|        |     |     |----------> number of jiffies until timer expires
  |        |     |----------------> timer_active (see below)
  |        |----------------------> receive-queue
  |-------------------------------> transmit-queue

1000        0 54165785 4 cd1e6040 25 4 27 3 -1
|          |    |     |    |     |  | |  | |--> slow start size threshold, 
|          |    |     |    |     |  | |  |      or -1 if the threshold
|          |    |     |    |     |  | |  |      is >= 0xFFFF
|          |    |     |    |     |  | |  |----> sending congestion window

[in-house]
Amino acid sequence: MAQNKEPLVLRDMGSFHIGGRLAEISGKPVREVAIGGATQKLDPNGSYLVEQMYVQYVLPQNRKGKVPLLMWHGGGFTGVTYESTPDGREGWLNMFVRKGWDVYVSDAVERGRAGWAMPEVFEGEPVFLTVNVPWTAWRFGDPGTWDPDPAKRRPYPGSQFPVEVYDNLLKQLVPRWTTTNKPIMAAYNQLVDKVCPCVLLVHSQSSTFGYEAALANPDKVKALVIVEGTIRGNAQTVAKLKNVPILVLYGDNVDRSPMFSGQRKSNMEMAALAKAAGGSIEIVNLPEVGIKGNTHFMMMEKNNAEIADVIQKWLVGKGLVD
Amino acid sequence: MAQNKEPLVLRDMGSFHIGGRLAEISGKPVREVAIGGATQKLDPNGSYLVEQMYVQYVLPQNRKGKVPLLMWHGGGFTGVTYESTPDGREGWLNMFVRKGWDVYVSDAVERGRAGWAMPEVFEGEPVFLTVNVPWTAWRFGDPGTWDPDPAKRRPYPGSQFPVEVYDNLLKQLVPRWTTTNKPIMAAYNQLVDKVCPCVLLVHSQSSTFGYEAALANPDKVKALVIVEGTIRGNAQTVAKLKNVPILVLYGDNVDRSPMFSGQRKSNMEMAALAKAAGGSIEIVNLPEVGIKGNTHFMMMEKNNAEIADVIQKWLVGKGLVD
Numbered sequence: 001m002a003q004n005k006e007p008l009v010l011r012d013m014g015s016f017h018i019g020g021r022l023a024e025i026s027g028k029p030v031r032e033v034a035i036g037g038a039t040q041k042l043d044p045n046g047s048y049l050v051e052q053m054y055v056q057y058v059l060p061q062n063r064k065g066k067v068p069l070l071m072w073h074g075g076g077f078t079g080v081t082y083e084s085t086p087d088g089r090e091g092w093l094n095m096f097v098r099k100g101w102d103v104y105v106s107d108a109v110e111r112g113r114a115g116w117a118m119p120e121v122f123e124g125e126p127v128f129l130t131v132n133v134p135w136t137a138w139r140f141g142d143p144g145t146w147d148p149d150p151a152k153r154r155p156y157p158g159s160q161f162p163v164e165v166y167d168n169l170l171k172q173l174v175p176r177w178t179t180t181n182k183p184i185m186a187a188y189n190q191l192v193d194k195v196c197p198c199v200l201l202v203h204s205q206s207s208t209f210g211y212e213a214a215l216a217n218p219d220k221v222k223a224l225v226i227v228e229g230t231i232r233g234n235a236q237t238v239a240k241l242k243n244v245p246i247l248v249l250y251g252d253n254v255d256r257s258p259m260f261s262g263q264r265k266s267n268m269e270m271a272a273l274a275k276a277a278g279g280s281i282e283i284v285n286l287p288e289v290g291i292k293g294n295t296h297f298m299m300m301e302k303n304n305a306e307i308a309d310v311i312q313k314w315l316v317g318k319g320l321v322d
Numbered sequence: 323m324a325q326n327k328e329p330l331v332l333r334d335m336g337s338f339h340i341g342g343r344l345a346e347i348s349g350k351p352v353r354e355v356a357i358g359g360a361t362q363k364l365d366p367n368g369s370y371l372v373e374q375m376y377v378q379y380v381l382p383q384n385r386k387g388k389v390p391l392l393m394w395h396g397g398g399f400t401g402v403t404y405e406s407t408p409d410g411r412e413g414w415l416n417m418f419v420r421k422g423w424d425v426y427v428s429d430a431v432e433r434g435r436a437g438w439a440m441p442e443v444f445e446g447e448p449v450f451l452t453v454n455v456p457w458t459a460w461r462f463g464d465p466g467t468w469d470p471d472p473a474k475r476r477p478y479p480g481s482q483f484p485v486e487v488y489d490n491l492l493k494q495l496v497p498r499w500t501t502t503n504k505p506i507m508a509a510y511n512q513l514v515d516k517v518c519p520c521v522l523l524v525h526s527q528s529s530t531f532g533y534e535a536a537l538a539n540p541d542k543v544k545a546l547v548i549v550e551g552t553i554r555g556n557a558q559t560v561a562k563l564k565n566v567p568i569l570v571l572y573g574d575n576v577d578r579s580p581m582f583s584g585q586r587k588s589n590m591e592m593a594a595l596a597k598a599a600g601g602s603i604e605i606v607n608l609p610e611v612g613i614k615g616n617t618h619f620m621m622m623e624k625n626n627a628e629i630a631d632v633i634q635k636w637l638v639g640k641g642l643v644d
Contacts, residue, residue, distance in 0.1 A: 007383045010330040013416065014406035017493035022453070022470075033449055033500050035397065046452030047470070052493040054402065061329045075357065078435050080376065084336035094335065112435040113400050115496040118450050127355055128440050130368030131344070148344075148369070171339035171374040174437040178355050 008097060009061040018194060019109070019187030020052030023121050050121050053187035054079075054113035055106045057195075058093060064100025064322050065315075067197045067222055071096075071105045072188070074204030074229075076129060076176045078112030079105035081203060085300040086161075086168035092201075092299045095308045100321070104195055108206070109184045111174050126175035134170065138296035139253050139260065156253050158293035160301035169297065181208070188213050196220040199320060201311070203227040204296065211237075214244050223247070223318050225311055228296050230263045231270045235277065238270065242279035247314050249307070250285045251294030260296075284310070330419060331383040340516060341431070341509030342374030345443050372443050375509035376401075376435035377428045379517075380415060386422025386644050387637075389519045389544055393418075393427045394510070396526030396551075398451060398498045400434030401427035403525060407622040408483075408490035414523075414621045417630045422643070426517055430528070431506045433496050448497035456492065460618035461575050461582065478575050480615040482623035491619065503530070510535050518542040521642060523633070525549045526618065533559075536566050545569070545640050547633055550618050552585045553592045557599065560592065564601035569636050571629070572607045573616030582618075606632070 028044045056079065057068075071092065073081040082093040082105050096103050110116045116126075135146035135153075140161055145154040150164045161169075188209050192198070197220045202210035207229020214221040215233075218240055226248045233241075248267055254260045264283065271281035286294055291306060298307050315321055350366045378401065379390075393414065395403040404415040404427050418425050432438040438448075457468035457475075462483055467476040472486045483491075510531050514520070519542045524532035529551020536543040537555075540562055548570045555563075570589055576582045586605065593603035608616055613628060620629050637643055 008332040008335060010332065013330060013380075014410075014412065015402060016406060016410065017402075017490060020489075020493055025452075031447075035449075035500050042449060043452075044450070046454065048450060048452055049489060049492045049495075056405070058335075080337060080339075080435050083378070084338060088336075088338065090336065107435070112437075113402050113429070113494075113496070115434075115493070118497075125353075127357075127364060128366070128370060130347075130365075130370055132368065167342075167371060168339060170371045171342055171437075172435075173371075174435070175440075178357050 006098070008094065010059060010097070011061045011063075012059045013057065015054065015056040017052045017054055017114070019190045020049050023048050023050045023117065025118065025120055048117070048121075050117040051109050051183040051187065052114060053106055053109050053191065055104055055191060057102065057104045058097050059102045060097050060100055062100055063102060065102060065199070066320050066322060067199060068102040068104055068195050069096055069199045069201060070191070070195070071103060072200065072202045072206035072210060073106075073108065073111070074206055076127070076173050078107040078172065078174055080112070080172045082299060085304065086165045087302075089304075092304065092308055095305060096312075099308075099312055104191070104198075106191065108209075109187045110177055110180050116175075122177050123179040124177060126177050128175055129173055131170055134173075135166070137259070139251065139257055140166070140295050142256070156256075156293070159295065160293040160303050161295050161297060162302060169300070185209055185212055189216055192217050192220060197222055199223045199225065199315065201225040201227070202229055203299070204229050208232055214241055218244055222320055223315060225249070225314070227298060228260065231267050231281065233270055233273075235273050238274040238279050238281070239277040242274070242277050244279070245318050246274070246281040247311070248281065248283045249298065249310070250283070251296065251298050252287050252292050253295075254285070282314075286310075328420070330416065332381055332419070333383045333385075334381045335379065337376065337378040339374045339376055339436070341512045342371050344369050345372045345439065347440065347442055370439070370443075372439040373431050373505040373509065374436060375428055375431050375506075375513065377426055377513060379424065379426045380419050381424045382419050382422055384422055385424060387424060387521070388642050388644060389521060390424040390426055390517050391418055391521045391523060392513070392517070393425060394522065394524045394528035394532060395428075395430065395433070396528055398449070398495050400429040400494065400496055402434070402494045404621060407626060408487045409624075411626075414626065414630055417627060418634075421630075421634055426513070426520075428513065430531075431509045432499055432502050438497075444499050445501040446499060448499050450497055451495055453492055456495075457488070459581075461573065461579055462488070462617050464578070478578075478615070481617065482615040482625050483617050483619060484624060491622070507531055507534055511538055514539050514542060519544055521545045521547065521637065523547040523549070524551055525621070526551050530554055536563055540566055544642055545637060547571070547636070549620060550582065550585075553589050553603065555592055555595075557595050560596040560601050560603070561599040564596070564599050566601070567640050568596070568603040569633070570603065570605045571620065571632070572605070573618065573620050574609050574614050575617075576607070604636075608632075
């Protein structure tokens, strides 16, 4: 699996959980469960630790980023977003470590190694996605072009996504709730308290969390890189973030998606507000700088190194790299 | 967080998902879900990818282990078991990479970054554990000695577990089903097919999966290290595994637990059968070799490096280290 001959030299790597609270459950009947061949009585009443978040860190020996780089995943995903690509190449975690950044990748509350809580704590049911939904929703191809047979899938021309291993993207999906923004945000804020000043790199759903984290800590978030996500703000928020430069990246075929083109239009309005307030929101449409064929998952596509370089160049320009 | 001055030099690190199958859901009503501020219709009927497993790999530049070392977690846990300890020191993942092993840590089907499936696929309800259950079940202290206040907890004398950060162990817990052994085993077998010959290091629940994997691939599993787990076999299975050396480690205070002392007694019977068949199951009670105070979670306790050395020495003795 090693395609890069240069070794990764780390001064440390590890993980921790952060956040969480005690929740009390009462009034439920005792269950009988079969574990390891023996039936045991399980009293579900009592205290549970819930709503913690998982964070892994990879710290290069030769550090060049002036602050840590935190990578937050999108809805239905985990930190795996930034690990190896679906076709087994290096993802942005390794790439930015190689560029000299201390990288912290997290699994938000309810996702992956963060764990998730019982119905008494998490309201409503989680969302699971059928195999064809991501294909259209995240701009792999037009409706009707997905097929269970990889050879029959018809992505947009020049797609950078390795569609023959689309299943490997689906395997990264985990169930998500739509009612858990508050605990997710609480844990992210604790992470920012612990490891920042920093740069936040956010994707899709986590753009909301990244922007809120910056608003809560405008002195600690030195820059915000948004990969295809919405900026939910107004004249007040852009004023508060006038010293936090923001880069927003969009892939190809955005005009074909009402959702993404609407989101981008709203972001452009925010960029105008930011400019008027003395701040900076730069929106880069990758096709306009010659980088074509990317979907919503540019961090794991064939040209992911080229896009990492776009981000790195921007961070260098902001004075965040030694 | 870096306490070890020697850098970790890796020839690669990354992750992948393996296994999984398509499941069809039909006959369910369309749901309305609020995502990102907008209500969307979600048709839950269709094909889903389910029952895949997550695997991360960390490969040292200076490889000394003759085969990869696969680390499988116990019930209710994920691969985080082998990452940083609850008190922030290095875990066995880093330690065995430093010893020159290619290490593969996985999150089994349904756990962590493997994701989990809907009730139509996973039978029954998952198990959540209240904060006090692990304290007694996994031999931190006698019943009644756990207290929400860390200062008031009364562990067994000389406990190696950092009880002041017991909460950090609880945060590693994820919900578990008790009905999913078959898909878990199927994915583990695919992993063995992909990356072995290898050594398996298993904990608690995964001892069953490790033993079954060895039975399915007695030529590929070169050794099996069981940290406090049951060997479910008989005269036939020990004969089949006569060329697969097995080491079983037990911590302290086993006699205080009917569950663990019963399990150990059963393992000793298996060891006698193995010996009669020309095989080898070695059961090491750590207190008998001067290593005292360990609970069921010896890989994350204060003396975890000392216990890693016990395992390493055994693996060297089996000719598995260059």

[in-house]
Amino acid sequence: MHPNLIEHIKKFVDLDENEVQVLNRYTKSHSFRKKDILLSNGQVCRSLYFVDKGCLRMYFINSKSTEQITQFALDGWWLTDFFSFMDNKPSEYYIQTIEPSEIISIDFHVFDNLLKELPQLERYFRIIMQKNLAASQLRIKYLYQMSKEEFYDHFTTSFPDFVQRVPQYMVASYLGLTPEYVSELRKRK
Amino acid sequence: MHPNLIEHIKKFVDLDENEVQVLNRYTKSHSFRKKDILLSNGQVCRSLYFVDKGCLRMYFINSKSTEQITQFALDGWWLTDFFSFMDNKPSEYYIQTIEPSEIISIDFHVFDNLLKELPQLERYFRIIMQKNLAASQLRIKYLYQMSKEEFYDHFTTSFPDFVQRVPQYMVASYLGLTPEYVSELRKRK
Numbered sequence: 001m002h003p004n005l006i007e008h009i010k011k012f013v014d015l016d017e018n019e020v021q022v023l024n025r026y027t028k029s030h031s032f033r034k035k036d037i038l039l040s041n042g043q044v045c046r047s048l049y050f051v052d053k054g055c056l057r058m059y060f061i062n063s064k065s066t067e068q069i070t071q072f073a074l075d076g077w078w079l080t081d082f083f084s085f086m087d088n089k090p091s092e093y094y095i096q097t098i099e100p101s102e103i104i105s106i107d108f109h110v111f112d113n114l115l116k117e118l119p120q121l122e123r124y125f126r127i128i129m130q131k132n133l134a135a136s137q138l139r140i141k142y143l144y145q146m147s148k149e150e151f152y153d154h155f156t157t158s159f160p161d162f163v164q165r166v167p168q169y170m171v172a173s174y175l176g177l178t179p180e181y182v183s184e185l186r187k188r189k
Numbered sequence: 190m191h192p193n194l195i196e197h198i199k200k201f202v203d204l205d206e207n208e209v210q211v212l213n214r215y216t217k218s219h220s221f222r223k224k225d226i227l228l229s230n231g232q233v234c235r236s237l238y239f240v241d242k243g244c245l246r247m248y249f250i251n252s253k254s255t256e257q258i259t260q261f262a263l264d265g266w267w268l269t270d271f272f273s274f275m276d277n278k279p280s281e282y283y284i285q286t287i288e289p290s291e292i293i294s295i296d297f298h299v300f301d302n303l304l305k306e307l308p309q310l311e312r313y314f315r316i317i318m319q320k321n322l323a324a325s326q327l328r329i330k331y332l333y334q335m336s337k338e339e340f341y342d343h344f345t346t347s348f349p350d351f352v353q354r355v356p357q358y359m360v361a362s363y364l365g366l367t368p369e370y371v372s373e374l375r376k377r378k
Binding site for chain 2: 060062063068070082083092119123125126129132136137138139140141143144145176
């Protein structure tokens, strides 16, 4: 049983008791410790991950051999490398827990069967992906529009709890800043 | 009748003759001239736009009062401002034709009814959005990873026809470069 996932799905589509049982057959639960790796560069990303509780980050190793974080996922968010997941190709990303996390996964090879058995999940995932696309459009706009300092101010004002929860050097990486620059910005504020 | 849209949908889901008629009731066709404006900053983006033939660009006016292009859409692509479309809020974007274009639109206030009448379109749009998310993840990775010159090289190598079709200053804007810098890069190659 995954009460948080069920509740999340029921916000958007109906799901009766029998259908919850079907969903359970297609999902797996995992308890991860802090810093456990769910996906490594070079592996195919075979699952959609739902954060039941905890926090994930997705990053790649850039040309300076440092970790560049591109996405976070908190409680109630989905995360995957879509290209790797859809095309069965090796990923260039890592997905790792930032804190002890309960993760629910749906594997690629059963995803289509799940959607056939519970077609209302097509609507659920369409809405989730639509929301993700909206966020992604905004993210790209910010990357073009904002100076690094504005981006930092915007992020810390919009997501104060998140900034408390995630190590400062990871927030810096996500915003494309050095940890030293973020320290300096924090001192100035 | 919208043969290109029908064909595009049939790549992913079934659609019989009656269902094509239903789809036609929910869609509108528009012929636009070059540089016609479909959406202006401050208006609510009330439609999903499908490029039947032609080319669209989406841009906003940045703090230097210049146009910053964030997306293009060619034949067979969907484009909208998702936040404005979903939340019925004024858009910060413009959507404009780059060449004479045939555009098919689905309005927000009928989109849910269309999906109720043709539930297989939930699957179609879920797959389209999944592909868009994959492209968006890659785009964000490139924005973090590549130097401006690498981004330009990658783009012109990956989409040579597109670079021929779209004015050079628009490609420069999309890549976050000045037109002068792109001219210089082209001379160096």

|          |    |     |    |     |  | |-------> (ack.quick<<1)|ack.pingpong
|          |    |     |    |     |  |---------> Predicted tick of soft clock
|          |    |     |    |     |              (delayed ACK control data)
|          |    |     |    |     |------------> retransmit timeout
|          |    |     |    |------------------> location of socket in memory
|          |    |     |-----------------------> socket reference count
|          |    |-----------------------------> inode
|          |----------------------------------> unanswered 0-window probes
|---------------------------------------------> uid

timer_active:
0  no timer is pending
1  retransmit-timer is pending
2  another timer (e.g. delayed ack or keepalive) is pending
3  this is a socket in TIME_WAIT state. Not all fields will contain 
 data (or even exist)
4  zero window probe timer is pending